by: Tom Andrws, CPA
Traditionally the Internal Revenue Service begins accepting tax returns for processing in mid-January however it has recently been announced that the IRS will be delaying the acceptance of tax returns until January 31st. The new start date is being attributed to the government shutdown which has already added additional stress to an already understaffed Internal Revenue Service. While some taxpayers may welcome a later start date many taxpayers will be frustrated as they will want to file their tax returns as soon as possible.
Taxpayers attempting to purchase real estate is a perfect example of why a taxpayer would want to file early. Over the past few years I have notice many crewmembers positioning themselves to purchase real estate. One of the conditions underwriters require when applying for a loan is that the potential borrower provide a current year tax return. Unfortunately a 2012 tax return is already a year old and not considered “current” enough for many lenders hence the lender will push the borrower to file their tax return as soon as possible so they have current information. Too make matters more complicated many lenders will not consider the tax return filed until the IRS has accepted and processed the return, the processing of a tax return may take between one to eight weeks depending on whether or not the tax return was paper filed or electronically file. Now that the IRS has delayed the processing of tax returns by almost two weeks a return filed on January 31st may not be considered “processed” until early to late February. Yacht crewmembers are particularly more vulnerable to these date changes because the time spent attending to personal issues is sometimes scheduled months ahead of time. A crewmember may be traveling for extended periods of time and may allocate a few weeks while they are in town to meet with real estate agents and mortgage brokers.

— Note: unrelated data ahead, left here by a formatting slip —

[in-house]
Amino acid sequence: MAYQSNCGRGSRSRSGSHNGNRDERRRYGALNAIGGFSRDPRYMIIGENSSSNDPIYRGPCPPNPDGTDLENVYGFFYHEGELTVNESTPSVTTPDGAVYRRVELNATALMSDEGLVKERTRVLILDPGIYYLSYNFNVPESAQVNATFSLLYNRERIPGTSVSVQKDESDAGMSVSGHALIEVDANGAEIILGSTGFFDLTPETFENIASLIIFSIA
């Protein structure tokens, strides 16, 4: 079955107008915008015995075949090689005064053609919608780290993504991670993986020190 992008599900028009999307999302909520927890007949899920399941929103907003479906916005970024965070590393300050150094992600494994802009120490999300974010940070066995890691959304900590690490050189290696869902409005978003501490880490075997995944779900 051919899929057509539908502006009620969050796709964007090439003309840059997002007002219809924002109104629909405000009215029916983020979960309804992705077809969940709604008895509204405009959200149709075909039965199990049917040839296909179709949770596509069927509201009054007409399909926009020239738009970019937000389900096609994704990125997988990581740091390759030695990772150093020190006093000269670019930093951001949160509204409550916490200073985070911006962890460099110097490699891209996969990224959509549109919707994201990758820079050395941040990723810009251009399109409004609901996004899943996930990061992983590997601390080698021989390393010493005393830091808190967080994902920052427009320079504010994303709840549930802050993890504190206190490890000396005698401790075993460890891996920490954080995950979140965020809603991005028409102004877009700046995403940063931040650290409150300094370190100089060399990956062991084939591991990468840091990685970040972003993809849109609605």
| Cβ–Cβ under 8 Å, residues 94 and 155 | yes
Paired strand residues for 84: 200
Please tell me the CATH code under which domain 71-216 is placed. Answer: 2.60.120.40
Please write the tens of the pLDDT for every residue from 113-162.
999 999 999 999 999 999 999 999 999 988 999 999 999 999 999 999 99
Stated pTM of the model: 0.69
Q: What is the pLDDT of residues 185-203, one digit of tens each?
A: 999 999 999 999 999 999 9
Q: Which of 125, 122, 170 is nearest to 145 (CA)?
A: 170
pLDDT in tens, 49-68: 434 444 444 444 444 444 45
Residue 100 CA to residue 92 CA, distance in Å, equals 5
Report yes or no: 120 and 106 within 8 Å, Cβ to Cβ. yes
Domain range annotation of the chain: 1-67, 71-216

While filing your tax return early may be the goal of many tax payers it is not always the most efficient course of action. Many yacht crewmembers have unique tax situations that may prohibit early filing, for example if you have stock sales, K-1’s, retirement distributions, interest, dividends etc. this information is reported on third party documentation that is sometimes not received until February or March. If you were to file a tax return based on partial information you will probably receive a notice from the IRS inquiring about missing information, this may lead to filing an amended tax return which many take six months to process.
In conclusion I would encourage tax payers to carefully review their previous year tax return and be aware of any current year activity to insure all documentation is gathered before filing your 2013 tax return.